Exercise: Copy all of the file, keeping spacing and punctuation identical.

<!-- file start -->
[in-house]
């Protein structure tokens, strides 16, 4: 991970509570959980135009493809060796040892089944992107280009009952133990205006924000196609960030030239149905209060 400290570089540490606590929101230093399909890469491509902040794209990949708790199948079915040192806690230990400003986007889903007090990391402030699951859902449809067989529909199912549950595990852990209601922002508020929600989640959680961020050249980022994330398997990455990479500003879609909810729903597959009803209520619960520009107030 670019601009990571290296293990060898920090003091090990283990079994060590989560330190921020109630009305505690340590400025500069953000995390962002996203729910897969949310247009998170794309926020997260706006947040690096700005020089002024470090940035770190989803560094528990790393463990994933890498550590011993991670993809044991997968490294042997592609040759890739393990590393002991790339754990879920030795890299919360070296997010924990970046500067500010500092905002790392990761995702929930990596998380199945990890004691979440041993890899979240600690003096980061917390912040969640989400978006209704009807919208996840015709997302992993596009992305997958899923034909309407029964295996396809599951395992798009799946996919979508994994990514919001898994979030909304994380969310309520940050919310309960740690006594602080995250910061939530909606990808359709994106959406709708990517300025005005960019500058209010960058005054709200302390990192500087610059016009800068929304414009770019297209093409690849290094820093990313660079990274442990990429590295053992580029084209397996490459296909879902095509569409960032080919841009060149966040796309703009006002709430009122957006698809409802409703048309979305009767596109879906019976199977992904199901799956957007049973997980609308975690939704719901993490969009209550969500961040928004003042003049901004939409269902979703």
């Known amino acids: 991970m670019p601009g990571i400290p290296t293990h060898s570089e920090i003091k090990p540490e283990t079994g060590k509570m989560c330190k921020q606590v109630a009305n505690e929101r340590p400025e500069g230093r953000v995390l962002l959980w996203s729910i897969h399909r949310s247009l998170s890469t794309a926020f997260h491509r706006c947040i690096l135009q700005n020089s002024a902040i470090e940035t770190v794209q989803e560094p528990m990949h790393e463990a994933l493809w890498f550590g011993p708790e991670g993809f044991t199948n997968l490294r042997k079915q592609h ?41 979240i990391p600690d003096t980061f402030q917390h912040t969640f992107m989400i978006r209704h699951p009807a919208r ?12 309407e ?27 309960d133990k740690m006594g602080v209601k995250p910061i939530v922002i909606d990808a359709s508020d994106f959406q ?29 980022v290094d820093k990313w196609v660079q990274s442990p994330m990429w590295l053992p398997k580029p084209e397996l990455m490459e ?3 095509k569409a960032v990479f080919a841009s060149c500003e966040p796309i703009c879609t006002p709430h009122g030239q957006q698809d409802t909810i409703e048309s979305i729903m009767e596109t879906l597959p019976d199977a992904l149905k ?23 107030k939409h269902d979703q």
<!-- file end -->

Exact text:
[in-house]
């Protein structure tokens, strides 16, 4: 991970509570959980135009493809060796040892089944992107280009009952133990205006924000196609960030030239149905209060 400290570089540490606590929101230093399909890469491509902040794209990949708790199948079915040192806690230990400003986007889903007090990391402030699951859902449809067989529909199912549950595990852990209601922002508020929600989640959680961020050249980022994330398997990455990479500003879609909810729903597959009803209520619960520009107030 670019601009990571290296293990060898920090003091090990283990079994060590989560330190921020109630009305505690340590400025500069953000995390962002996203729910897969949310247009998170794309926020997260706006947040690096700005020089002024470090940035770190989803560094528990790393463990994933890498550590011993991670993809044991997968490294042997592609040759890739393990590393002991790339754990879920030795890299919360070296997010924990970046500067500010500092905002790392990761995702929930990596998380199945990890004691979440041993890899979240600690003096980061917390912040969640989400978006209704009807919208996840015709997302992993596009992305997958899923034909309407029964295996396809599951395992798009799946996919979508994994990514919001898994979030909304994380969310309520940050919310309960740690006594602080995250910061939530909606990808359709994106959406709708990517300025005005960019500058209010960058005054709200302390990192500087610059016009800068929304414009770019297209093409690849290094820093990313660079990274442990990429590295053992580029084209397996490459296909879902095509569409960032080919841009060149966040796309703009006002709430009122957006698809409802409703048309979305009767596109879906019976199977992904199901799956957007049973997980609308975690939704719901993490969009209550969500961040928004003042003049901004939409269902979703």
């Known amino acids: 991970m670019p601009g990571i400290p290296t293990h060898s570089e920090i003091k090990p540490e283990t079994g060590k509570m989560c330190k921020q606590v109630a009305n505690e929101r340590p400025e500069g230093r953000v995390l962002l959980w996203s729910i897969h399909r949310s247009l998170s890469t794309a926020f997260h491509r706006c947040i690096l135009q700005n020089s002024a902040i470090e940035t770190v794209q989803e560094p528990m990949h790393e463990a994933l493809w890498f550590g011993p708790e991670g993809f044991t199948n997968l490294r042997k079915q592609h ?41 979240i990391p600690d003096t980061f402030q917390h912040t969640f992107m989400i978006r209704h699951p009807a919208r ?12 309407e ?27 309960d133990k740690m006594g602080v209601k995250p910061i939530v922002i909606d990808a359709s508020d994106f959406q ?29 980022v290094d820093k990313w196609v660079q990274s442990p994330m990429w590295l053992p398997k580029p084209e397996l990455m490459e ?3 095509k569409a960032v990479f080919a841009s060149c500003e966040p796309i703009c879609t006002p709430h009122g030239q957006q698809d409802t909810i409703e048309s979305i729903m009767e596109t879906l597959p019976d199977a992904l149905k ?23 107030k939409h269902d979703q």